Here’s how…

Start Brainstorming

There is something so special about thinking on paper. When we have so much on our minds, sometimes ideas can get lost. Thoughts that are written down are always with us. 

Looking at a blank page can be stressful – especially when you don’t know where to begin.

Even if you feel like you have nothing good to write, you’ve got to start writing.

Set a timer for ten minutes and write down anything that comes to mind that can help you complete the task at hand. 

Don’t worry about spelling, grammar or the overall layout. You can take care of that later. Right now, all you have to do is brainstorm.

If writing isn’t your thing, you can even draw out your list. 

Try Later With a Fresh Set of Eyes

Isn’t it interesting how the pressure to complete a task can be even harder than the task itself? 

Getting complicated or time-consuming tasks done in one sitting is not very realistic. It’s only a matter of time before decision fatigue kicks in.

Here’s an example. Let’s say you have a task you estimate will take around 4 hours to complete.

Even though you may want to get it over with and tackle it all in one sitting, you’d be much better off doing 2 hours one day and 2 more hours the next day. Ideas constantly come and go. If you’re feeling a little uncertain about an idea, sleeping on it can help. 

Set A Routine/Change Habits

So many of us can put off certain tasks without even realizing it.

Tasks we don’t exactly find fun can easily be pushed back a day or two without a second thought.

Again, the more you put something off, the more difficult it tends to become.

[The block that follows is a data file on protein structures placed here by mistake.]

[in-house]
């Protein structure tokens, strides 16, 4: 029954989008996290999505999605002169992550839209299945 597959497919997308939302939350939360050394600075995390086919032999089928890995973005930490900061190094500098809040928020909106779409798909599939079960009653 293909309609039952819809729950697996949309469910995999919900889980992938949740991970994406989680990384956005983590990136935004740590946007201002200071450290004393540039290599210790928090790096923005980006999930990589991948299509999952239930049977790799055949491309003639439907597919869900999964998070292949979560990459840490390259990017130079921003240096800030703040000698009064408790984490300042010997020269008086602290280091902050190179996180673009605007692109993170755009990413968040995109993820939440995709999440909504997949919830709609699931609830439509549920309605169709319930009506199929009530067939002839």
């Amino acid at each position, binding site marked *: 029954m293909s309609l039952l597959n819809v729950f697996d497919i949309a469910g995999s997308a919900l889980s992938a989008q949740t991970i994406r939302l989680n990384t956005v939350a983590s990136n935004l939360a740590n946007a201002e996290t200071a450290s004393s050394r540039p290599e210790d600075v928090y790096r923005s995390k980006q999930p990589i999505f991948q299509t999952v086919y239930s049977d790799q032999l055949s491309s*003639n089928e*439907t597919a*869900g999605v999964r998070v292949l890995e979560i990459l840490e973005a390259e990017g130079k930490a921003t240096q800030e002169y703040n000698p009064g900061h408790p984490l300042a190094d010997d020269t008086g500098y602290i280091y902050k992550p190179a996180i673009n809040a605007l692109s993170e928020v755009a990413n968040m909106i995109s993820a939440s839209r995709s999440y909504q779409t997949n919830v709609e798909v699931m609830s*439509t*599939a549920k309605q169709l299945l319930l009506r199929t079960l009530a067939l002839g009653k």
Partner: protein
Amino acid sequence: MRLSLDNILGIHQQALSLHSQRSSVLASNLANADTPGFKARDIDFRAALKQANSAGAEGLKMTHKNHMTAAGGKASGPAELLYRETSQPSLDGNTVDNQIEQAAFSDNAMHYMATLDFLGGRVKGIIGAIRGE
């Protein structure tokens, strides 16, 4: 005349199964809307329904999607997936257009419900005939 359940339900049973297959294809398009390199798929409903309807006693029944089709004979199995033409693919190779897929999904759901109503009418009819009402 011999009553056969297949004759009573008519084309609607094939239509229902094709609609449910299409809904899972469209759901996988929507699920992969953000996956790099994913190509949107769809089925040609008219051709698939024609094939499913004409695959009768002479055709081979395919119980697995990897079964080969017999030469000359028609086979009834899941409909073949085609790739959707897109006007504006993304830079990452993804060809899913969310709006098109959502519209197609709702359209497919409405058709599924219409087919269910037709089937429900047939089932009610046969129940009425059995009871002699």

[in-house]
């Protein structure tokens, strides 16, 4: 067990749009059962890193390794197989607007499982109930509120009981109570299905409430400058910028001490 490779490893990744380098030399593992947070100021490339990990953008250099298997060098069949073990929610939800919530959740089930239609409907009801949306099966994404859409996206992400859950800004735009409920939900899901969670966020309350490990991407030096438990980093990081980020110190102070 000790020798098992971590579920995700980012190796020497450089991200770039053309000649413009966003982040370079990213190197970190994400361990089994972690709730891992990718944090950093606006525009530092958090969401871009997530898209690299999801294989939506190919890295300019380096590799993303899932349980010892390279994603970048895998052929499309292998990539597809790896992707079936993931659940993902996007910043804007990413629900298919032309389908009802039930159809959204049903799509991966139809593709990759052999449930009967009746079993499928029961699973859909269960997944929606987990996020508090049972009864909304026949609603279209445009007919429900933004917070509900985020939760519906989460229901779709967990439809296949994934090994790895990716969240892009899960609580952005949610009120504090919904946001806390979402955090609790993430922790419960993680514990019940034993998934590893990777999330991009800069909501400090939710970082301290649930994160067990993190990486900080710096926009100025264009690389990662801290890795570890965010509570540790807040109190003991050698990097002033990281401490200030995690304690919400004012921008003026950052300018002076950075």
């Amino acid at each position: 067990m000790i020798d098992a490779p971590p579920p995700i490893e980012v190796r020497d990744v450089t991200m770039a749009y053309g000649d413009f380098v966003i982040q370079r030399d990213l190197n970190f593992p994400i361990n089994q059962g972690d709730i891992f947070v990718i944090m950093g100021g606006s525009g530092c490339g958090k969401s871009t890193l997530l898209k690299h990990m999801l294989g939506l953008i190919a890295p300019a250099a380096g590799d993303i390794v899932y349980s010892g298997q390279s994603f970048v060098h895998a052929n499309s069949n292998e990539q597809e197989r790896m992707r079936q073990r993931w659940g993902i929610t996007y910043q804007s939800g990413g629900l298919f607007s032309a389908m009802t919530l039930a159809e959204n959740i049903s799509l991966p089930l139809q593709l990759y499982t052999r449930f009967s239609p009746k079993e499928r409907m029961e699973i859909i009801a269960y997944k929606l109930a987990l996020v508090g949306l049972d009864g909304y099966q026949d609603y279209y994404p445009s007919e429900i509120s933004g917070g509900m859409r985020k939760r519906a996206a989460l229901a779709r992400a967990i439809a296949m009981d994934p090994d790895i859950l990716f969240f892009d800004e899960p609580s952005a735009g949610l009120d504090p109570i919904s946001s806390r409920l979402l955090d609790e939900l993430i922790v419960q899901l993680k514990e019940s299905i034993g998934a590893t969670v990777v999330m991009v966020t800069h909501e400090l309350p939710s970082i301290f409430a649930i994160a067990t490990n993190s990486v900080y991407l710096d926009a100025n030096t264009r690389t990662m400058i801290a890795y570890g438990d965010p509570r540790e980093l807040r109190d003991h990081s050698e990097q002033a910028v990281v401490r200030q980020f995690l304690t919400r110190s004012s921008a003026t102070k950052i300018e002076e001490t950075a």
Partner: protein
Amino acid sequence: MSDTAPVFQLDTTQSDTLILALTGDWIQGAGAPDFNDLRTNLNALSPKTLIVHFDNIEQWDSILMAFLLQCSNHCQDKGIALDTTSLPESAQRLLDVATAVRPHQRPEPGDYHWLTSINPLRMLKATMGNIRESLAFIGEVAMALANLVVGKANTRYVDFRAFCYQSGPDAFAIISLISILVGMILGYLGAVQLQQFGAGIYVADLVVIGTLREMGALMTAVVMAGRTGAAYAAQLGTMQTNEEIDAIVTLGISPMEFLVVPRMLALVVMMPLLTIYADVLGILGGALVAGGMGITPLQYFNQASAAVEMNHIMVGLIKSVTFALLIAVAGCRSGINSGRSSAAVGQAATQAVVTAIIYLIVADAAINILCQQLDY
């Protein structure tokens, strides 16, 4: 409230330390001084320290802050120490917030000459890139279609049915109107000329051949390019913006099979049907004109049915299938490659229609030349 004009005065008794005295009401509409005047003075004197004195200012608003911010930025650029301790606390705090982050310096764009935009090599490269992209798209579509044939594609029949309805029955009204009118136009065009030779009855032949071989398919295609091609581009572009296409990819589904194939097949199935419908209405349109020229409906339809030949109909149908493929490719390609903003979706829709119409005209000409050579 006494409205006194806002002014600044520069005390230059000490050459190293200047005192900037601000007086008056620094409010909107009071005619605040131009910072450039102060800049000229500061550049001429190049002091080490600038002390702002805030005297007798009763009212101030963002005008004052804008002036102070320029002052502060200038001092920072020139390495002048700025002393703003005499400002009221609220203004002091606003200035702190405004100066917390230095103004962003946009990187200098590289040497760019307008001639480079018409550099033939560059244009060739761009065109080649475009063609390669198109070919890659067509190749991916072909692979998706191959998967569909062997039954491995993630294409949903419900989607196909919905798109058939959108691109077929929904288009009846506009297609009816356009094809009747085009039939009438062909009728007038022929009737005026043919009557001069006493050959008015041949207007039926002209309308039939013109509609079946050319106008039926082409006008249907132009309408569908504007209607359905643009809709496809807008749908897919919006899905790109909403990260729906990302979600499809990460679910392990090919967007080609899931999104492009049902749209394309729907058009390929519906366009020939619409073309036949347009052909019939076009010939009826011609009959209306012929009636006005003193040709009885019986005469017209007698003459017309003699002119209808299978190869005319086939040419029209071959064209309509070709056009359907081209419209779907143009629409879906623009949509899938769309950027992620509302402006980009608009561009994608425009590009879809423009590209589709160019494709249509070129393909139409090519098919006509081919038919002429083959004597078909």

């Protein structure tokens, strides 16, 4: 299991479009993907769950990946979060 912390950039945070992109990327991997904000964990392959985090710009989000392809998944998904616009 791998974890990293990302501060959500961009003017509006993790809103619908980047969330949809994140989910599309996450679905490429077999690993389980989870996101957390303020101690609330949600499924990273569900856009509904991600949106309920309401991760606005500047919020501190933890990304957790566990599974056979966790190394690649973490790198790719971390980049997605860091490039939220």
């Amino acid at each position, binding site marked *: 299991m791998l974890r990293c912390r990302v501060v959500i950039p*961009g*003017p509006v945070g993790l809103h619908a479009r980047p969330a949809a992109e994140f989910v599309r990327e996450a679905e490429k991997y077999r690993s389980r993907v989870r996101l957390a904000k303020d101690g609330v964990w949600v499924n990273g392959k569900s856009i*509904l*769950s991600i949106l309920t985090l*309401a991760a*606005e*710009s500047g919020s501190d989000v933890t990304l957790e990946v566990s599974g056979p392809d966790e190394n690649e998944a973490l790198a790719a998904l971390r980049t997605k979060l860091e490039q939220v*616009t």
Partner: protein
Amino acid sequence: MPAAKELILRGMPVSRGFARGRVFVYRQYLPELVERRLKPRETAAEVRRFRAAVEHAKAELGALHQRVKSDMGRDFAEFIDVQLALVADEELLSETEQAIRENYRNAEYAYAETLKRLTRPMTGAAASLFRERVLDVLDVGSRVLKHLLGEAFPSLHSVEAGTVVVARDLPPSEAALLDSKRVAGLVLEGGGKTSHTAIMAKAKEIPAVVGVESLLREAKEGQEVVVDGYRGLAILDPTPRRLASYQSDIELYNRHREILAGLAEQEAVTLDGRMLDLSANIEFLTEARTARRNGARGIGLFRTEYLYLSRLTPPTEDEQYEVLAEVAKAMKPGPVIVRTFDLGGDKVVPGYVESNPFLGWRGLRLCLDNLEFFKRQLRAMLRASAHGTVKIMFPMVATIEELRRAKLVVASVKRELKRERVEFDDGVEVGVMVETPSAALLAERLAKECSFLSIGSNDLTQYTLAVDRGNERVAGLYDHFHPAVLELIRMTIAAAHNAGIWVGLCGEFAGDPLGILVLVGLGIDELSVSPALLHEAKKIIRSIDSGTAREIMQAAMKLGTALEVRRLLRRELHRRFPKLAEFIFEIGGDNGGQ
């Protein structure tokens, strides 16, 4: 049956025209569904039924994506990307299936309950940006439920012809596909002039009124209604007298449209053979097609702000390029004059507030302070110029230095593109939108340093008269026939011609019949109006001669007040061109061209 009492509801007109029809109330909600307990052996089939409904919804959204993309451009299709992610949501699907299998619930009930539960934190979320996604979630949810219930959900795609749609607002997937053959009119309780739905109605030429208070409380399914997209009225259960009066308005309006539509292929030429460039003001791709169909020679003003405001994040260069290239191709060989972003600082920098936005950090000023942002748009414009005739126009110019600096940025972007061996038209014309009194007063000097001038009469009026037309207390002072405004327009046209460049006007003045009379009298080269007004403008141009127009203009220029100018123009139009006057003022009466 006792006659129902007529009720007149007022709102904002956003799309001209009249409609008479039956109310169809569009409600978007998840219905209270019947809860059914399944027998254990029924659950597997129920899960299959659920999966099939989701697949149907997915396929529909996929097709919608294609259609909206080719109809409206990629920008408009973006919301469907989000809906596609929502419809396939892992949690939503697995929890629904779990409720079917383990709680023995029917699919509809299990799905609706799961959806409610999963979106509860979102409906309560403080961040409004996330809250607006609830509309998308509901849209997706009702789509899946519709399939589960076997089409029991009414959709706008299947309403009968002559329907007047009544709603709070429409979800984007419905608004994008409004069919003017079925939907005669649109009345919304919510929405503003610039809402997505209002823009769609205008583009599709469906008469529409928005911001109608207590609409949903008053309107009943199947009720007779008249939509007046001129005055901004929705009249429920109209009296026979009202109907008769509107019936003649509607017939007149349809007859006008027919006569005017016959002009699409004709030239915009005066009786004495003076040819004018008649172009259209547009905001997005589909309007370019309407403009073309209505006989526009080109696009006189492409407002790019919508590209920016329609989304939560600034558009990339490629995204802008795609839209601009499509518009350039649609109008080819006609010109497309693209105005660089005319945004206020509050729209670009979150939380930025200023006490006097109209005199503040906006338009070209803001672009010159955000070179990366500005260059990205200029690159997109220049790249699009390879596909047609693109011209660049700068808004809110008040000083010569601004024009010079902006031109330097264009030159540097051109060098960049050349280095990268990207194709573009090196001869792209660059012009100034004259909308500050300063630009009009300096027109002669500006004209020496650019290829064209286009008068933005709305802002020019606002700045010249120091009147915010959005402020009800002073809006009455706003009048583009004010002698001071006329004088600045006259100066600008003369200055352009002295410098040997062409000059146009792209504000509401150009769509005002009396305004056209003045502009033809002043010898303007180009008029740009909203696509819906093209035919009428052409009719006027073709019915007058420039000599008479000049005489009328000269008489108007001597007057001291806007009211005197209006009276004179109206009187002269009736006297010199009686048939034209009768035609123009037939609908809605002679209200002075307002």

Although it can feel intimidating, changing your habits is possible.

Having a routine and blocking out time to get things done can help you get started and complete tasks at your own pace. 

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More Ways to Celebrate Black History Month

At a time in our society marked by increased awareness of racial inequities, it feels even more important to recognize Black History Month as well as take steps to educate ourselves and work to help bring about change in any way that we can. 

We want to work to support and be inclusive of all people of color and other oppressed groups as well and continue to work towards overall diversity and inclusion.

Here are some ideas for this month and for every month of the year:

Support Black Owned Businesses In Your Community

Participate In Online Educational Programs or Visit a Civil Rights Museum

There is no such thing as too much education. There are several educational articles out there, you can read at your own pace.

Or, you can watch museums in Virtual Tours online.

Engage In Healthy Conversations On Social Media

Social media is an excellent place to engage in conversation with friends, family and those you may not have met in person.

Donate To Organizations That Support And Take Action Towards Racial Equity

There are several organizations out there that support racial equity.

We all have the power to make a difference. Every single dollar donated adds up.

Here are a few organizations we recommend looking into:

NAACP: Is at the forefront of the movement to build political power and ensure the wellbeing of Black communities.